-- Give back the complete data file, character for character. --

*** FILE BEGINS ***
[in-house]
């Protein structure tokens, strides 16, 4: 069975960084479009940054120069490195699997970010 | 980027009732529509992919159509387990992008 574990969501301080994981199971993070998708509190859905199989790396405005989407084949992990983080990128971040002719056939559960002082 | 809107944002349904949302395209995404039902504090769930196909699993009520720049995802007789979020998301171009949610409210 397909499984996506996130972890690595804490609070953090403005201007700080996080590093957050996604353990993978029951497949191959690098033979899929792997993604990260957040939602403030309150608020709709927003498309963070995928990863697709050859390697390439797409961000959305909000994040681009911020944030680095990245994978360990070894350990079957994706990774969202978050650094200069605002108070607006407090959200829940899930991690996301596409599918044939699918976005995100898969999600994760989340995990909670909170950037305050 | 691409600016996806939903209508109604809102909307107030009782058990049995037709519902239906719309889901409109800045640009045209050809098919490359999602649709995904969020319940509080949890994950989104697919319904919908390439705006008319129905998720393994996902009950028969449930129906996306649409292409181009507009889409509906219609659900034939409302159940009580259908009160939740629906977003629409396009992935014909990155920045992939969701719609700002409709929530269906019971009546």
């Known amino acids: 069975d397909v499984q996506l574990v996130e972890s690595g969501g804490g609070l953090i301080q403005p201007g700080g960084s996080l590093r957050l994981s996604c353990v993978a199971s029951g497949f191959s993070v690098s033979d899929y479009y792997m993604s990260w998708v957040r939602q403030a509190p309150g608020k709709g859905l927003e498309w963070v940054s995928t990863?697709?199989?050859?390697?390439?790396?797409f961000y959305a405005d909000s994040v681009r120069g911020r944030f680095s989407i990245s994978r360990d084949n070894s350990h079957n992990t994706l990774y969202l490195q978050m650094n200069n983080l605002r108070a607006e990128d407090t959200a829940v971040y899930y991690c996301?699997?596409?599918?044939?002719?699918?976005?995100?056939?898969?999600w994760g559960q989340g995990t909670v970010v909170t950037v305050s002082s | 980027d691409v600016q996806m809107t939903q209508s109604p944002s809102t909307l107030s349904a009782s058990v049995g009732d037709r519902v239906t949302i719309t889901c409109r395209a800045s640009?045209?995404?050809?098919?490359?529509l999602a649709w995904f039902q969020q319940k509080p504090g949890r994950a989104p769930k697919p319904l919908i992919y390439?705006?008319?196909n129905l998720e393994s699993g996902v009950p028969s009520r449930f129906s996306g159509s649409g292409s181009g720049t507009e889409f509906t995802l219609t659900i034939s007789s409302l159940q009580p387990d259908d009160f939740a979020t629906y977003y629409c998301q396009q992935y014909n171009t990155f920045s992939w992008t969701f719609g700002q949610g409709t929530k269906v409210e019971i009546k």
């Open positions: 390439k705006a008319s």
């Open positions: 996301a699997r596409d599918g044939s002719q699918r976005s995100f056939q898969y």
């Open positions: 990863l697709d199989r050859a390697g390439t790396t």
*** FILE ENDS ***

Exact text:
[in-house]
């Protein structure tokens, strides 16, 4: 069975960084479009940054120069490195699997970010 | 980027009732529509992919159509387990992008 574990969501301080994981199971993070998708509190859905199989790396405005989407084949992990983080990128971040002719056939559960002082 | 809107944002349904949302395209995404039902504090769930196909699993009520720049995802007789979020998301171009949610409210 397909499984996506996130972890690595804490609070953090403005201007700080996080590093957050996604353990993978029951497949191959690098033979899929792997993604990260957040939602403030309150608020709709927003498309963070995928990863697709050859390697390439797409961000959305909000994040681009911020944030680095990245994978360990070894350990079957994706990774969202978050650094200069605002108070607006407090959200829940899930991690996301596409599918044939699918976005995100898969999600994760989340995990909670909170950037305050 | 691409600016996806939903209508109604809102909307107030009782058990049995037709519902239906719309889901409109800045640009045209050809098919490359999602649709995904969020319940509080949890994950989104697919319904919908390439705006008319129905998720393994996902009950028969449930129906996306649409292409181009507009889409509906219609659900034939409302159940009580259908009160939740629906977003629409396009992935014909990155920045992939969701719609700002409709929530269906019971009546």
């Known amino acids: 069975d397909v499984q996506l574990v996130e972890s690595g969501g804490g609070l953090i301080q403005p201007g700080g960084s996080l590093r957050l994981s996604c353990v993978a199971s029951g497949f191959s993070v690098s033979d899929y479009y792997m993604s990260w998708v957040r939602q403030a509190p309150g608020k709709g859905l927003e498309w963070v940054s995928t990863?697709?199989?050859?390697?390439?790396?797409f961000y959305a405005d909000s994040v681009r120069g911020r944030f680095s989407i990245s994978r360990d084949n070894s350990h079957n992990t994706l990774y969202l490195q978050m650094n200069n983080l605002r108070a607006e990128d407090t959200a829940v971040y899930y991690c996301?699997?596409?599918?044939?002719?699918?976005?995100?056939?898969?999600w994760g559960q989340g995990t909670v970010v909170t950037v305050s002082s | 980027d691409v600016q996806m809107t939903q209508s109604p944002s809102t909307l107030s349904a009782s058990v049995g009732d037709r519902v239906t949302i719309t889901c409109r395209a800045s640009?045209?995404?050809?098919?490359?529509l999602a649709w995904f039902q969020q319940k509080p504090g949890r994950a989104p769930k697919p319904l919908i992919y390439?705006?008319?196909n129905l998720e393994s699993g996902v009950p028969s009520r449930f129906s996306g159509s649409g292409s181009g720049t507009e889409f509906t995802l219609t659900i034939s007789s409302l159940q009580p387990d259908d009160f939740a979020t629906y977003y629409c998301q396009q992935y014909n171009t990155f920045s992939w992008t969701f719609g700002q949610g409709t929530k269906v409210e019971i009546k």
């Open positions: 390439k705006a008319s």
């Open positions: 996301a699997r596409d599918g044939s002719q699918r976005s995100f056939q898969y």
């Open positions: 990863l697709d199989r050859a390697g390439t790396t």